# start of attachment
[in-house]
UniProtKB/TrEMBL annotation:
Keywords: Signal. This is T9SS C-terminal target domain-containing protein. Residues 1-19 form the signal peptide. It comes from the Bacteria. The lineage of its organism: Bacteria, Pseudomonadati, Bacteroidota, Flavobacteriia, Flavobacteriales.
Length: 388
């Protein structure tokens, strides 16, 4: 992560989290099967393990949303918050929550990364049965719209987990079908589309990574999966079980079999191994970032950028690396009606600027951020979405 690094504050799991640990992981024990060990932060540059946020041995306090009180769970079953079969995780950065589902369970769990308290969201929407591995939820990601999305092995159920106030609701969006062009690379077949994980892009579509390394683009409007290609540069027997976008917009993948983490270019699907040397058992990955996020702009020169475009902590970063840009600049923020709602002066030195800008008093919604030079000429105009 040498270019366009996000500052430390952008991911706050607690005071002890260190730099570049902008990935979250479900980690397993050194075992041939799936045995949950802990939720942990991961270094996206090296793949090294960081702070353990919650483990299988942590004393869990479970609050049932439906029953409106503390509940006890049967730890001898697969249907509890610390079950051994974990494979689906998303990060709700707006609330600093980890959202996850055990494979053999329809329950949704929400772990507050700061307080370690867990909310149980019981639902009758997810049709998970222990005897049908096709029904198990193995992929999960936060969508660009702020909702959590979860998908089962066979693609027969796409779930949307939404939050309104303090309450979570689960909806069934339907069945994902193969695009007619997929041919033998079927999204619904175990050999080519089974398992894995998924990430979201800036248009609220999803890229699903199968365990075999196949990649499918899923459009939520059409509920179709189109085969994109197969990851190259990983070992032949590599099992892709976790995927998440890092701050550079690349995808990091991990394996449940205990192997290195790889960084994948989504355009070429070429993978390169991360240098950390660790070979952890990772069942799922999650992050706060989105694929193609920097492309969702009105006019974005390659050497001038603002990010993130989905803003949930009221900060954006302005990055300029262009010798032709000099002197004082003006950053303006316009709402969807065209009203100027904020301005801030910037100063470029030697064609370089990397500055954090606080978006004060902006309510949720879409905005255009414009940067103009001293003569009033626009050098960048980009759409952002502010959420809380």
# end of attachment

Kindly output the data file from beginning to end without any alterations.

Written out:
[in-house]
UniProtKB/TrEMBL annotation:
Keywords: Signal. This is T9SS C-terminal target domain-containing protein. Residues 1-19 form the signal peptide. It comes from the Bacteria. The lineage of its organism: Bacteria, Pseudomonadati, Bacteroidota, Flavobacteriia, Flavobacteriales.
Length: 388
């Protein structure tokens, strides 16, 4: 992560989290099967393990949303918050929550990364049965719209987990079908589309990574999966079980079999191994970032950028690396009606600027951020979405 690094504050799991640990992981024990060990932060540059946020041995306090009180769970079953079969995780950065589902369970769990308290969201929407591995939820990601999305092995159920106030609701969006062009690379077949994980892009579509390394683009409007290609540069027997976008917009993948983490270019699907040397058992990955996020702009020169475009902590970063840009600049923020709602002066030195800008008093919604030079000429105009 040498270019366009996000500052430390952008991911706050607690005071002890260190730099570049902008990935979250479900980690397993050194075992041939799936045995949950802990939720942990991961270094996206090296793949090294960081702070353990919650483990299988942590004393869990479970609050049932439906029953409106503390509940006890049967730890001898697969249907509890610390079950051994974990494979689906998303990060709700707006609330600093980890959202996850055990494979053999329809329950949704929400772990507050700061307080370690867990909310149980019981639902009758997810049709998970222990005897049908096709029904198990193995992929999960936060969508660009702020909702959590979860998908089962066979693609027969796409779930949307939404939050309104303090309450979570689960909806069934339907069945994902193969695009007619997929041919033998079927999204619904175990050999080519089974398992894995998924990430979201800036248009609220999803890229699903199968365990075999196949990649499918899923459009939520059409509920179709189109085969994109197969990851190259990983070992032949590599099992892709976790995927998440890092701050550079690349995808990091991990394996449940205990192997290195790889960084994948989504355009070429070429993978390169991360240098950390660790070979952890990772069942799922999650992050706060989105694929193609920097492309969702009105006019974005390659050497001038603002990010993130989905803003949930009221900060954006302005990055300029262009010798032709000099002197004082003006950053303006316009709402969807065209009203100027904020301005801030910037100063470029030697064609370089990397500055954090606080978006004060902006309510949720879409905005255009414009940067103009001293003569009033626009050098960048980009759409952002502010959420809380």